Moore Extremism: Alabama's Notorious Ten Commandments Judge' Is Back-And He's as Big a Zealot as Ever
Jones, Sarah E., Church & State
Controversial Alabama jurist Roy Moore is back in the news, thanks to a fresh attack on church-state separation.
Moore came to national attention in the 1990s when he installed a two-ton granite monument at the judicial building in Montgomery. He was sued by a band of state residents represented by Americans United, the Alabama branch of the American Civil Liberties Union and the Southern Poverty Law Center.
Moore lost that case--and his position as chief justice of the Alabama Supreme Court. He spent several years working the Religious Right speaking circuit and writing poetry while his monument--dubbed "Roy's Rock" by critics--was loaded on a flatbed truck and taken on a nation wide tour for fundamentalist adulation.
Although Moore was kicked off Alabama's Supreme Court in 2003 after he defied a federal court order to remove the Ten Commandments display, that action, remarkably, didn't bar him from running for office again. He ran for governor twice and lost. In 2012 Moore's luck changed when he sought--and won--election to the state high court as chief justice.
Moore's dismissive attitude toward the First Amendment is visible most recently in his concurring opinion in Hicks v. Alabama, which upheld the conviction of a woman charged with child endangerment for using chemical substances during her pregnancy.
Because of its implications for abortion access, the case has been controversial. Moore's opinion did little to quell the controversy.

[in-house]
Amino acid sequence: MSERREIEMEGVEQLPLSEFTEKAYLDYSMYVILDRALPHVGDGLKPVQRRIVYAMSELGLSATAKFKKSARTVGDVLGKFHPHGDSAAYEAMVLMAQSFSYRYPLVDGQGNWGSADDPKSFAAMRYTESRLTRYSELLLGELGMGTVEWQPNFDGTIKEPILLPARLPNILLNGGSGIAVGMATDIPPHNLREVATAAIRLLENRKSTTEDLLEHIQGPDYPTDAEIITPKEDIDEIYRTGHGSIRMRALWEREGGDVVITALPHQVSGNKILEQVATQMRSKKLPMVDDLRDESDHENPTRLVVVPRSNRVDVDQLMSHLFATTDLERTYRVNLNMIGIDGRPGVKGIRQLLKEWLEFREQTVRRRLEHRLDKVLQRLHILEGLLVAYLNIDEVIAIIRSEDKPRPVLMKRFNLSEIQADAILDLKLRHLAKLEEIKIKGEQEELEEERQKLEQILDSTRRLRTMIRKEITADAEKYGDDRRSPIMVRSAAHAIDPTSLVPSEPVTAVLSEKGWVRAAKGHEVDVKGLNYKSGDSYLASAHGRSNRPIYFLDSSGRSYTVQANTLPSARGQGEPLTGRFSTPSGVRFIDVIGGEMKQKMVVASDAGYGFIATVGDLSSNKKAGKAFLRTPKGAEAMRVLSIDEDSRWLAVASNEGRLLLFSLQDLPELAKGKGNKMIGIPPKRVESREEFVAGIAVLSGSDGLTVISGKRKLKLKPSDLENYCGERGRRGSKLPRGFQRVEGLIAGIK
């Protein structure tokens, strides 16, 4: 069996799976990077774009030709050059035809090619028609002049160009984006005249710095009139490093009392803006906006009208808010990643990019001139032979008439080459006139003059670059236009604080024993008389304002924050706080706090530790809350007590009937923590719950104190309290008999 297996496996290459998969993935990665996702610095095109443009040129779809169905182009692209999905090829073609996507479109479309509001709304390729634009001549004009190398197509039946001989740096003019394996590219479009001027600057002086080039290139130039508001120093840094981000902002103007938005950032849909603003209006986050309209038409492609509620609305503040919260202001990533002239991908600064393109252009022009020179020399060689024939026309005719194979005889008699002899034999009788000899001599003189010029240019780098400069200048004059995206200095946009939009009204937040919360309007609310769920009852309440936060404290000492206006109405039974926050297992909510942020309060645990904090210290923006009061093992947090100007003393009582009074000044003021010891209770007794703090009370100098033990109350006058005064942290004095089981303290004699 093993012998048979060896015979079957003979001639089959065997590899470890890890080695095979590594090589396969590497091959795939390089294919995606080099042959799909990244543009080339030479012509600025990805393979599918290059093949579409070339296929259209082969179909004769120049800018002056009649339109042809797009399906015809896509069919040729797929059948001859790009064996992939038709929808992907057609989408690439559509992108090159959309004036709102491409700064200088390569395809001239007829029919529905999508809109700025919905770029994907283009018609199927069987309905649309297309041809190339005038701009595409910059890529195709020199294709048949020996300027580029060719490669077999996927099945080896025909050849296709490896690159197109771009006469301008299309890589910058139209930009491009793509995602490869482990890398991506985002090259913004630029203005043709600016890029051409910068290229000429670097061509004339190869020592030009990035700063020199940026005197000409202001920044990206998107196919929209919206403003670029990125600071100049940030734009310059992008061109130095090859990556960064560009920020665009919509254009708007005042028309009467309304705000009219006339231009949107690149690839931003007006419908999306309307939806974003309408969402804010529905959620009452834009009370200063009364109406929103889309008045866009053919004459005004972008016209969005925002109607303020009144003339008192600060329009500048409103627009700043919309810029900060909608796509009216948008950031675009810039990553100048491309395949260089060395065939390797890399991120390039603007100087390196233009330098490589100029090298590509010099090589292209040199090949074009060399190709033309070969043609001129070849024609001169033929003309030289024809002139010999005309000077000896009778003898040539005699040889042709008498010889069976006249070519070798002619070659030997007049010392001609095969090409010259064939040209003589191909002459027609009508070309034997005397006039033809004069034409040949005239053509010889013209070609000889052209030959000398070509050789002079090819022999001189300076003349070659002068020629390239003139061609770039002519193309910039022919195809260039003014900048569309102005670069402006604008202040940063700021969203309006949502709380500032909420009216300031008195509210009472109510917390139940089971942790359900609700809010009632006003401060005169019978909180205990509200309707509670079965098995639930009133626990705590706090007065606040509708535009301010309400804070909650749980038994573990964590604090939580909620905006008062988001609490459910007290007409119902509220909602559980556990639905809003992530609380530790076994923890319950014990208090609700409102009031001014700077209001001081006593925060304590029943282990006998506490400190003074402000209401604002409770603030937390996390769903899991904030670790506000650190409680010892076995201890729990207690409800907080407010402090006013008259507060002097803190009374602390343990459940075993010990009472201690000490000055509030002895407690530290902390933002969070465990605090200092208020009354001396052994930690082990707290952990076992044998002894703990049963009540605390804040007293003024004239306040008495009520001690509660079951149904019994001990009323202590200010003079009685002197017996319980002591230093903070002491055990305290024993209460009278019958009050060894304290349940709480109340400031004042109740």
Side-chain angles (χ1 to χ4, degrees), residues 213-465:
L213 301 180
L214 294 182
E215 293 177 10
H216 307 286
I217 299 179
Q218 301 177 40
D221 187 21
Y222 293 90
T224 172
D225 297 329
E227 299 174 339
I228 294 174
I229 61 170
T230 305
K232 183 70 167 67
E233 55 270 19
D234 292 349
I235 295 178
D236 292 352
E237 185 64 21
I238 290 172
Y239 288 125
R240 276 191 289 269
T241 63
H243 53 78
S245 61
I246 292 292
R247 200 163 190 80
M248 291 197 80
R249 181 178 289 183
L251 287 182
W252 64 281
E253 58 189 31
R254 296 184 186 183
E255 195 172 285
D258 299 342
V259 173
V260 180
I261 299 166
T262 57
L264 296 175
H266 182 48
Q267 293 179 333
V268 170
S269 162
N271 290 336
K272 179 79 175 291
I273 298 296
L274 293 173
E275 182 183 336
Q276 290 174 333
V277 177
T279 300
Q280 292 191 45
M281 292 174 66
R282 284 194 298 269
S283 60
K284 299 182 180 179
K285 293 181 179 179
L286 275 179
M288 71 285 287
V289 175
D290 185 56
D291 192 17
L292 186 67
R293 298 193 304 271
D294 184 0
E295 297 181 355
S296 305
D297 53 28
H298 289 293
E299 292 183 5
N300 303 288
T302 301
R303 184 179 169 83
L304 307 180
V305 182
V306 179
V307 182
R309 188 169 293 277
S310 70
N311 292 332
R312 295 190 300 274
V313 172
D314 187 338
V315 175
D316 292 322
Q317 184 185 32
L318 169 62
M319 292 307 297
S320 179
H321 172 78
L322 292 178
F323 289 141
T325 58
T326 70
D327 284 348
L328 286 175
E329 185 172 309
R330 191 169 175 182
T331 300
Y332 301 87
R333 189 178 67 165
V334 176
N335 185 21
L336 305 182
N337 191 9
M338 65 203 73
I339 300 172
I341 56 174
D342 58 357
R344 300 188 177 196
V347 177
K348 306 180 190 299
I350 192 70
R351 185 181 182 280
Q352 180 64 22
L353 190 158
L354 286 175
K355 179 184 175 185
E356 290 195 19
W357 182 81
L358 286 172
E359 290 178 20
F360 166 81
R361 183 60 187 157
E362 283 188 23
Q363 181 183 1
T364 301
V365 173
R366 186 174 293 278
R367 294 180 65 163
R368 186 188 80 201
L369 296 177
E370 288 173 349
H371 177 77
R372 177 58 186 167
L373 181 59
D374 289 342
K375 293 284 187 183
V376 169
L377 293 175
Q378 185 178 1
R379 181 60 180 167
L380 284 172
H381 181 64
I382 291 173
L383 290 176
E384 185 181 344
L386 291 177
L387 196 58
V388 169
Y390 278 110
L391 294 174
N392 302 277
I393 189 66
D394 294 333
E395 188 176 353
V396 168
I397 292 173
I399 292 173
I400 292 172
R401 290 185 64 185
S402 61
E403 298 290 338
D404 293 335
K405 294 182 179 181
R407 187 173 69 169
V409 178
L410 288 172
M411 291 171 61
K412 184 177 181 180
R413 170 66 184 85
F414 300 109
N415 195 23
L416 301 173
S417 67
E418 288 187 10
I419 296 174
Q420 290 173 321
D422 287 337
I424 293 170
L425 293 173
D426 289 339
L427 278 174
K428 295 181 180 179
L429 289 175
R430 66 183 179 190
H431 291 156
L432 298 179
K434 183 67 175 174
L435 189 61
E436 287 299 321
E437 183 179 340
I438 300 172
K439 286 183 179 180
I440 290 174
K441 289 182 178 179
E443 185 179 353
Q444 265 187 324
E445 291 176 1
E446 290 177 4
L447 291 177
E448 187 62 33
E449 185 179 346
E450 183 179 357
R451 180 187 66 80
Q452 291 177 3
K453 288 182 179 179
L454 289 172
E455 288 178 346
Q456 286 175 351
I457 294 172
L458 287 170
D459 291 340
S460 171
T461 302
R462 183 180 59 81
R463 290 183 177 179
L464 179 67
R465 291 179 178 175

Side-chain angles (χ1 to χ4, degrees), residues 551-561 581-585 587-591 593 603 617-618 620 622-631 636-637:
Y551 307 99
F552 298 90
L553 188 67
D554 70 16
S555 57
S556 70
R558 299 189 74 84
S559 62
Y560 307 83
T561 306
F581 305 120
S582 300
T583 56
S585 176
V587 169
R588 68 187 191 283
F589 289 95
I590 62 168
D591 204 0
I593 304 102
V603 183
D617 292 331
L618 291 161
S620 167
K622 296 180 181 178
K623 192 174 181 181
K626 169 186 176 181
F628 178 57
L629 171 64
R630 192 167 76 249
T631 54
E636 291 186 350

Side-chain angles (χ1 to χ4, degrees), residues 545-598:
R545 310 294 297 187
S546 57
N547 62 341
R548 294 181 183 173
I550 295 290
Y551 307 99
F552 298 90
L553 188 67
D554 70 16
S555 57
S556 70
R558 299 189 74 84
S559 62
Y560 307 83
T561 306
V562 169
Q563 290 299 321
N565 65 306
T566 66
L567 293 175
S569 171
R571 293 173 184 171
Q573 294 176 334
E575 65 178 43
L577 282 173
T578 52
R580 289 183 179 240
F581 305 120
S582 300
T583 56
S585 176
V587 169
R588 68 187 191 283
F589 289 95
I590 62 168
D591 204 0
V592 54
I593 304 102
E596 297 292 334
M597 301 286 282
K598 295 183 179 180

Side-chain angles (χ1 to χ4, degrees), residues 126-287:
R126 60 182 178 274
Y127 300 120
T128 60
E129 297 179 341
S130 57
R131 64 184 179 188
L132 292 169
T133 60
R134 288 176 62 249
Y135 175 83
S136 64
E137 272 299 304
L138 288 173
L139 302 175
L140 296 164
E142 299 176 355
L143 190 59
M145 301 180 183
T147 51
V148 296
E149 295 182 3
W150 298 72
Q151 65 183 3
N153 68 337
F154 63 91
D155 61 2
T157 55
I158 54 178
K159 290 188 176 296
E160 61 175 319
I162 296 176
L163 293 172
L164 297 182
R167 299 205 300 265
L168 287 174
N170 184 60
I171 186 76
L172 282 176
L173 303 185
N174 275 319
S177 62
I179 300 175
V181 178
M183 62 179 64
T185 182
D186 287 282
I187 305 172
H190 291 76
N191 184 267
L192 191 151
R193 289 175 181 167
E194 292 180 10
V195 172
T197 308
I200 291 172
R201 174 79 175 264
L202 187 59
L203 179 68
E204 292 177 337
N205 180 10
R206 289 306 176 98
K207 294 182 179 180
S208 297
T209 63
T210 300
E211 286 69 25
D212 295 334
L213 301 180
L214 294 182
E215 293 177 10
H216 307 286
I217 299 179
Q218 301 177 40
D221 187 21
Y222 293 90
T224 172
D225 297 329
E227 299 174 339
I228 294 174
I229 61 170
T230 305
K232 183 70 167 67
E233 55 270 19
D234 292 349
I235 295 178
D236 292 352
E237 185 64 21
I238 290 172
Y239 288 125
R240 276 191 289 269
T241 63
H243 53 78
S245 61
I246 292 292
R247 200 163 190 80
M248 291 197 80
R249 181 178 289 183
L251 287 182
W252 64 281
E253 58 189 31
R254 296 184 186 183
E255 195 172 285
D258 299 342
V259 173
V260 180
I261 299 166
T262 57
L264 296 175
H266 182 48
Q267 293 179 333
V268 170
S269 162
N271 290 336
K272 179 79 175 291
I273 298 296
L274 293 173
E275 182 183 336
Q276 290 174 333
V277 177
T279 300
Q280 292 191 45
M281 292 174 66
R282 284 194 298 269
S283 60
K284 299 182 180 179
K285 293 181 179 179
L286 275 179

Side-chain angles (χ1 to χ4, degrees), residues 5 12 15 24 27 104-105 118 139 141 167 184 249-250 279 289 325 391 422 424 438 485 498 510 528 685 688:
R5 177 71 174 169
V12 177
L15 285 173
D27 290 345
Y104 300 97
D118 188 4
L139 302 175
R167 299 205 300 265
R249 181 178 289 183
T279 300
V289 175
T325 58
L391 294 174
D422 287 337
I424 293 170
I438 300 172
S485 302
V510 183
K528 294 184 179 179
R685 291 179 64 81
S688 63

"I write separately to emphasize that the inalienable right to life is a gift of God that civil government must secure for all persons--born and unborn," he wrote. Moore went on to claim that Thomas Jefferson had written the Declaration of Independence with a sectarian purpose in mind, and cited Jefferson's interest in the work of William Blackstone, an English jurist, as evidence.
According to Moore, Blackstone "recognized that God's law was superior to all other laws."
Although the Declaration isn't a legal document, Moore references it in his opinion, seemingly to argue that American law has divine roots. He also managed to drag in a reference to the Nuremburg Trials, where Nazi officials were convicted of war crimes.
According to Moore's creative analysis, the fact that these officials were convicted even though they'd been following German law indicates that, "The law of nature and of nature's God therefore binds all nations, states, and all government officials from Great Britain to Germany to Alabama--regardless of positive laws or orders to the contrary."
The conclusion, Moore wrote in Hicks v. Alabama, is that the state of Alabama has a divine obligation to protect the rights of unborn children.
Advocates of reproductive rights were alarmed by the ruling. Lynn Paltrow, executive director of National Advocates for Pregnant Women, said Moore's ruling "clearly express the view that women who have abortions should be subject to prosecution and incarceration. "
It's not the first time Moore has issued sectarian statements from the bench. In an infamous 2002 opinion, he denied a lesbian mother custody of her child, calling homosexuality an "inherent evil" and writing idly about the days when the government used "the power of the sword" against gays. During his time on the court, he's also expressed support for a constitutional convention, which he sees as a way to pass an amendment banning same-sex marriage nationwide.
Moore also has a habit of making extreme comments in speeches. He recently addressed an anti-abortion group in Mississippi, where he opined that the First Amendment protects only Christians.
"Buddha didn't create us, Mohammed didn't create us, it was the God of the Holy Scriptures on which this nation was founded," Moore told the crowd.
"They didn't bring a Quran over on the pilgrim ship Mayflower," he went on. "Let's get real, let's go back and learn our history, let's stop playing games. …